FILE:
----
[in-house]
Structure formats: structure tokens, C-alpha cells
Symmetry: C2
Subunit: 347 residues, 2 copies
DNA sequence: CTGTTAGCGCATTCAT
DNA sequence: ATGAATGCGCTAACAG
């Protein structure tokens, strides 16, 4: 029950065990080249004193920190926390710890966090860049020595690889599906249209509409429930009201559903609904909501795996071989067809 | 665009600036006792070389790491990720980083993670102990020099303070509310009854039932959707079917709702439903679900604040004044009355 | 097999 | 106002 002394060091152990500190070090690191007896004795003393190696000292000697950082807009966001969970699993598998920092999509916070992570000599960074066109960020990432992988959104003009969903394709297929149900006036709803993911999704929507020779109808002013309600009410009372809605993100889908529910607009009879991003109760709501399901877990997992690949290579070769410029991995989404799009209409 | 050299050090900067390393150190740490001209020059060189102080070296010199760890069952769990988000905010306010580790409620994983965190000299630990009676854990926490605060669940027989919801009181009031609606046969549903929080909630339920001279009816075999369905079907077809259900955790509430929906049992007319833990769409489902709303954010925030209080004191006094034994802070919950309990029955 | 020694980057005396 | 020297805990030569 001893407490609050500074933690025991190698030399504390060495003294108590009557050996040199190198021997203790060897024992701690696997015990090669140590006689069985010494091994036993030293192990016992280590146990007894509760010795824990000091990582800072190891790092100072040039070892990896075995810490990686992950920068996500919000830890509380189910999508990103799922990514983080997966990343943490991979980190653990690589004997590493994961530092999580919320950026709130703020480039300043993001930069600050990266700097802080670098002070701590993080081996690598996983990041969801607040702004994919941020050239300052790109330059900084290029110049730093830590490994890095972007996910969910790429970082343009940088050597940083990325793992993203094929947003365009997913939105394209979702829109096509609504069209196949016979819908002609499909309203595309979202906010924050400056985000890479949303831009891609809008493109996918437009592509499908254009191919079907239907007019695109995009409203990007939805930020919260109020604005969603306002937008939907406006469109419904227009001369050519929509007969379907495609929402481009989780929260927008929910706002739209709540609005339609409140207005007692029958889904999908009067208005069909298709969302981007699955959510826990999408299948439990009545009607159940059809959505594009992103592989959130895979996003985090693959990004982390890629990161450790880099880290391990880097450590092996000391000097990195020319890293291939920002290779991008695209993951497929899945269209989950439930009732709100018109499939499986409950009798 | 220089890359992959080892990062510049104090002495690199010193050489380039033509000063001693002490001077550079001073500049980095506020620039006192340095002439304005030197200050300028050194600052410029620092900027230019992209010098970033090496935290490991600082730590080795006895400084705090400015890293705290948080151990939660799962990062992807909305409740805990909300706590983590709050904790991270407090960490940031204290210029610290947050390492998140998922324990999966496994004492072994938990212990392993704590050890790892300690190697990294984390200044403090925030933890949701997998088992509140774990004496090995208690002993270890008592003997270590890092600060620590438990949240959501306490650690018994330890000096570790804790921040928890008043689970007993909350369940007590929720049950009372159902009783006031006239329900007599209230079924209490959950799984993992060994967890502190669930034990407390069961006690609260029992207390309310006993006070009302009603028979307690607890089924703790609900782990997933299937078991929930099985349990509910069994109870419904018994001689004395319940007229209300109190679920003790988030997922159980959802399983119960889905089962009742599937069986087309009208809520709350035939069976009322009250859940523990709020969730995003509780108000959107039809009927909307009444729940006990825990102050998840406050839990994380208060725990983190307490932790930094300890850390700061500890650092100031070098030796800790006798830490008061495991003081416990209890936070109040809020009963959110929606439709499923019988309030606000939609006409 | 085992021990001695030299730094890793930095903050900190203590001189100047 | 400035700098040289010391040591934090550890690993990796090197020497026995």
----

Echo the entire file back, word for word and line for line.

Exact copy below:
[in-house]
Structure formats: structure tokens, C-alpha cells
Symmetry: C2
Subunit: 347 residues, 2 copies
DNA sequence: CTGTTAGCGCATTCAT
DNA sequence: ATGAATGCGCTAACAG
């Protein structure tokens, strides 16, 4: 029950065990080249004193920190926390710890966090860049020595690889599906249209509409429930009201559903609904909501795996071989067809 | 665009600036006792070389790491990720980083993670102990020099303070509310009854039932959707079917709702439903679900604040004044009355 | 097999 | 106002 002394060091152990500190070090690191007896004795003393190696000292000697950082807009966001969970699993598998920092999509916070992570000599960074066109960020990432992988959104003009969903394709297929149900006036709803993911999704929507020779109808002013309600009410009372809605993100889908529910607009009879991003109760709501399901877990997992690949290579070769410029991995989404799009209409 | 050299050090900067390393150190740490001209020059060189102080070296010199760890069952769990988000905010306010580790409620994983965190000299630990009676854990926490605060669940027989919801009181009031609606046969549903929080909630339920001279009816075999369905079907077809259900955790509430929906049992007319833990769409489902709303954010925030209080004191006094034994802070919950309990029955 | 020694980057005396 | 020297805990030569 001893407490609050500074933690025991190698030399504390060495003294108590009557050996040199190198021997203790060897024992701690696997015990090669140590006689069985010494091994036993030293192990016992280590146990007894509760010795824990000091990582800072190891790092100072040039070892990896075995810490990686992950920068996500919000830890509380189910999508990103799922990514983080997966990343943490991979980190653990690589004997590493994961530092999580919320950026709130703020480039300043993001930069600050990266700097802080670098002070701590993080081996690598996983990041969801607040702004994919941020050239300052790109330059900084290029110049730093830590490994890095972007996910969910790429970082343009940088050597940083990325793992993203094929947003365009997913939105394209979702829109096509609504069209196949016979819908002609499909309203595309979202906010924050400056985000890479949303831009891609809008493109996918437009592509499908254009191919079907239907007019695109995009409203990007939805930020919260109020604005969603306002937008939907406006469109419904227009001369050519929509007969379907495609929402481009989780929260927008929910706002739209709540609005339609409140207005007692029958889904999908009067208005069909298709969302981007699955959510826990999408299948439990009545009607159940059809959505594009992103592989959130895979996003985090693959990004982390890629990161450790880099880290391990880097450590092996000391000097990195020319890293291939920002290779991008695209993951497929899945269209989950439930009732709100018109499939499986409950009798 | 220089890359992959080892990062510049104090002495690199010193050489380039033509000063001693002490001077550079001073500049980095506020620039006192340095002439304005030197200050300028050194600052410029620092900027230019992209010098970033090496935290490991600082730590080795006895400084705090400015890293705290948080151990939660799962990062992807909305409740805990909300706590983590709050904790991270407090960490940031204290210029610290947050390492998140998922324990999966496994004492072994938990212990392993704590050890790892300690190697990294984390200044403090925030933890949701997998088992509140774990004496090995208690002993270890008592003997270590890092600060620590438990949240959501306490650690018994330890000096570790804790921040928890008043689970007993909350369940007590929720049950009372159902009783006031006239329900007599209230079924209490959950799984993992060994967890502190669930034990407390069961006690609260029992207390309310006993006070009302009603028979307690607890089924703790609900782990997933299937078991929930099985349990509910069994109870419904018994001689004395319940007229209300109190679920003790988030997922159980959802399983119960889905089962009742599937069986087309009208809520709350035939069976009322009250859940523990709020969730995003509780108000959107039809009927909307009444729940006990825990102050998840406050839990994380208060725990983190307490932790930094300890850390700061500890650092100031070098030796800790006798830490008061495991003081416990209890936070109040809020009963959110929606439709499923019988309030606000939609006409 | 085992021990001695030299730094890793930095903050900190203590001189100047 | 400035700098040289010391040591934090550890690993990796090197020497026995």